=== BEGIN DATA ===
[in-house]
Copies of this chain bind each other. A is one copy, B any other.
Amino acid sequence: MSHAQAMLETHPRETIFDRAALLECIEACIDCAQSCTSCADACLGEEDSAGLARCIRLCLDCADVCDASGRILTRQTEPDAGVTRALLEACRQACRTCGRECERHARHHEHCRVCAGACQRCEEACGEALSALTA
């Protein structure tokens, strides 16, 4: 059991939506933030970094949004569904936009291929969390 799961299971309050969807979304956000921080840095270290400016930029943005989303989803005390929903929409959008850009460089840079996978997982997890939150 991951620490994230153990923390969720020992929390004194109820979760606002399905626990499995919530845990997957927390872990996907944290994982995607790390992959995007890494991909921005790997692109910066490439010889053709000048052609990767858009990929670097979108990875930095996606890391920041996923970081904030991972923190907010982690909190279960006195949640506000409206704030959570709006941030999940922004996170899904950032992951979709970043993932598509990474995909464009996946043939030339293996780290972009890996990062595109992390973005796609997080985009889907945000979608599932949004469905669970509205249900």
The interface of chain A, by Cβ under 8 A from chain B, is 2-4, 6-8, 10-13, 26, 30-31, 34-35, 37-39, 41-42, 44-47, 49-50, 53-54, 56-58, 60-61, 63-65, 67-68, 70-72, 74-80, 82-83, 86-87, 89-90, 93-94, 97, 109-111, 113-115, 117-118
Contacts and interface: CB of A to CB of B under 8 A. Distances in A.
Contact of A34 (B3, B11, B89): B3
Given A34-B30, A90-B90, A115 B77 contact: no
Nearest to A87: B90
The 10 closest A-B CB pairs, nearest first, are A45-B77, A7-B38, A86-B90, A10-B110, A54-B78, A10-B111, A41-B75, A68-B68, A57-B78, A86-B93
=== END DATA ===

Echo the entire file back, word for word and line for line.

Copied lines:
[in-house]
Copies of this chain bind each other. A is one copy, B any other.
Amino acid sequence: MSHAQAMLETHPRETIFDRAALLECIEACIDCAQSCTSCADACLGEEDSAGLARCIRLCLDCADVCDASGRILTRQTEPDAGVTRALLEACRQACRTCGRECERHARHHEHCRVCAGACQRCEEACGEALSALTA
């Protein structure tokens, strides 16, 4: 059991939506933030970094949004569904936009291929969390 799961299971309050969807979304956000921080840095270290400016930029943005989303989803005390929903929409959008850009460089840079996978997982997890939150 991951620490994230153990923390969720020992929390004194109820979760606002399905626990499995919530845990997957927390872990996907944290994982995607790390992959995007890494991909921005790997692109910066490439010889053709000048052609990767858009990929670097979108990875930095996606890391920041996923970081904030991972923190907010982690909190279960006195949640506000409206704030959570709006941030999940922004996170899904950032992951979709970043993932598509990474995909464009996946043939030339293996780290972009890996990062595109992390973005796609997080985009889907945000979608599932949004469905669970509205249900």
The interface of chain A, by Cβ under 8 A from chain B, is 2-4, 6-8, 10-13, 26, 30-31, 34-35, 37-39, 41-42, 44-47, 49-50, 53-54, 56-58, 60-61, 63-65, 67-68, 70-72, 74-80, 82-83, 86-87, 89-90, 93-94, 97, 109-111, 113-115, 117-118
Contacts and interface: CB of A to CB of B under 8 A. Distances in A.
Contact of A34 (B3, B11, B89): B3
Given A34-B30, A90-B90, A115 B77 contact: no
Nearest to A87: B90
The 10 closest A-B CB pairs, nearest first, are A45-B77, A7-B38, A86-B90, A10-B110, A54-B78, A10-B111, A41-B75, A68-B68, A57-B78, A86-B93